Wicketkeeper-batsman Quinton de Kock has skipped South Africa's Twenty20 World Cup match against the West Indies for "personal reasons" after the Proteas were directed to take a knee in their remaining matches in the tournament.
"He's made himself unavailable for personal reasons," South Africa captain Temba Bavuma said at the toss before the Group I match at the Dubai International Cricket Stadium.
De Kock could be in trouble with Cricket South Africa (CSA) seeking a report from the team management.
"...(CSA) has noted the personal decision by South African wicketkeeper Quinton de Kock not to 'take the knee' ahead of Tuesday's game against the West Indies," the CSA said in a statement.
"The Board will await a further report from team management before deciding on the next steps."
CSA earlier said its board had met on Monday evening and decided the team should adopt "a consistent and united stance against racism" by taking the knee to support the Black Lives Matter movement prior to the start of their remaining matches.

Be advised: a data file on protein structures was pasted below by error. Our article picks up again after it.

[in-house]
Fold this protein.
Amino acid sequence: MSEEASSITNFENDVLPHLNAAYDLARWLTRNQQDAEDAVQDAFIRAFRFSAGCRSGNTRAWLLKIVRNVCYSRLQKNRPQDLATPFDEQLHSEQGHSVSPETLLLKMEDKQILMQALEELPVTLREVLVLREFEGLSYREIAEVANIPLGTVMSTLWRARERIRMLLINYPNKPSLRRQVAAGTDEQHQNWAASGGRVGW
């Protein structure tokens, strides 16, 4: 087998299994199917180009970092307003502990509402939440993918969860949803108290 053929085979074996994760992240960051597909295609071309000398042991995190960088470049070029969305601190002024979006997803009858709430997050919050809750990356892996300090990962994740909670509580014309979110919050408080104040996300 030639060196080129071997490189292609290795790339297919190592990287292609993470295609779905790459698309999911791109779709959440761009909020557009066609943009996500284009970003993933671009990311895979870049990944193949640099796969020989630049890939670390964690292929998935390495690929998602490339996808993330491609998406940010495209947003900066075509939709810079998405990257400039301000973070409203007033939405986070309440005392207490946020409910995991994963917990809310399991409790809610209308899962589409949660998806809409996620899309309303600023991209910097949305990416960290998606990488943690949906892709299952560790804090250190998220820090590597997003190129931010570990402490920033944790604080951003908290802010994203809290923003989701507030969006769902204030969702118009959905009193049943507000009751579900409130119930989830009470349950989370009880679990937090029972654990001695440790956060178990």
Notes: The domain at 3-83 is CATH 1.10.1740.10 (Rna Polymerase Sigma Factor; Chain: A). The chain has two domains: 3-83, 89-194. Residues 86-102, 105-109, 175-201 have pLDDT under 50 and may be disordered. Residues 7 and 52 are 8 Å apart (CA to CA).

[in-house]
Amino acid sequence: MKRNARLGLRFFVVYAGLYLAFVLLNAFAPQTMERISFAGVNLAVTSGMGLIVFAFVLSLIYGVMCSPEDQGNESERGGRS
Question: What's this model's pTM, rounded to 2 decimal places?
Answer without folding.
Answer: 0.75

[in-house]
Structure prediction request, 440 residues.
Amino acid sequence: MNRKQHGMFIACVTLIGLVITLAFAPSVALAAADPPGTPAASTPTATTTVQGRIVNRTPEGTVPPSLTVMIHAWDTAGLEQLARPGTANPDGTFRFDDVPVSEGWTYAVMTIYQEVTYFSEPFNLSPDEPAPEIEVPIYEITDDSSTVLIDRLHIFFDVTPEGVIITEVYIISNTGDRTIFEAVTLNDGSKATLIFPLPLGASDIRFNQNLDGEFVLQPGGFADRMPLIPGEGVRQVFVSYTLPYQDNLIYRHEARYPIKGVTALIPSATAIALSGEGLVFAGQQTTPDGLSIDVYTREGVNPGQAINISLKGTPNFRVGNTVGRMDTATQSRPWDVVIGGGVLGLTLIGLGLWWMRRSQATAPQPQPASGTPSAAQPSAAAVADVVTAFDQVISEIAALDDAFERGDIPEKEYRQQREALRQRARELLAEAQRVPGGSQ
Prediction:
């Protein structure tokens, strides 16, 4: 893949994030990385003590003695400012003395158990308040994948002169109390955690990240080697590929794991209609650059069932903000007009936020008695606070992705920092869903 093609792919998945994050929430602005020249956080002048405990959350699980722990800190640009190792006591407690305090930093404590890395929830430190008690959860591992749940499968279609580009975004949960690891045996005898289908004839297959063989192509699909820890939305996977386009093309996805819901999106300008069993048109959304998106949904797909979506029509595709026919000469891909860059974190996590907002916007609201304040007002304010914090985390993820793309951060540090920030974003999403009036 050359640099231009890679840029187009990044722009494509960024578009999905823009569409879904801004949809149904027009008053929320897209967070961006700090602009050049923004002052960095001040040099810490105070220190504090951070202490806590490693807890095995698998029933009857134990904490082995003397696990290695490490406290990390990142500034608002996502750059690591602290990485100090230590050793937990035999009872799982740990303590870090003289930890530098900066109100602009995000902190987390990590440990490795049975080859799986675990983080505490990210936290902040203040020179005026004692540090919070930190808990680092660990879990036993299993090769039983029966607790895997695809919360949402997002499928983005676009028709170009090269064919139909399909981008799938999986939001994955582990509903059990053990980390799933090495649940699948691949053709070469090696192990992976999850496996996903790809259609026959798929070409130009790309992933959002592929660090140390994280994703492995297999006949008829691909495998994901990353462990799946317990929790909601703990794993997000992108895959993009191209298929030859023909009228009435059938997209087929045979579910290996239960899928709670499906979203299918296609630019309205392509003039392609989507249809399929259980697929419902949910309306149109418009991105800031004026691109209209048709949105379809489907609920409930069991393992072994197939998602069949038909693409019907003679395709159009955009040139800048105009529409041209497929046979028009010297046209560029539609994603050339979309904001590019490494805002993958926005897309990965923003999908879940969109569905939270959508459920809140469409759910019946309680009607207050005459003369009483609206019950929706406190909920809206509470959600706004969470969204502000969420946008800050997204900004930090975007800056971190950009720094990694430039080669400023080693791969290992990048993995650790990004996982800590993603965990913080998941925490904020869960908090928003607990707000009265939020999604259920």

"Several other teams at the World Cup have adopted a consistent stance against the issue, and the Board felt it is time for all SA players to do the same," the CSA statement read.
The directive came in a statement after "concerns were raised" over the "different postures" taken by its players ahead of warmup matches and the team's first World Cup game against Australia on Saturday.
The statement from CSA came just over an hour before play began in South Africa's match with the West Indies in Dubai, and it had immediate ramifications.
De Kock had declined to take a knee in the past calling it "my own personal opinion."
"It's everyone's decision. No one is forced to do anything. Not in life. That's the way I see things. That's just about it," de Kock said in June.
CSA Board chairperson Lawson Naidoo said commitment to overcoming racism "is the glue that should unite" the team.
"Diversity can and should find expression in many facets of our daily lives, but not when it comes to taking a stand against racism," Naidoo said.
Australian Associated Press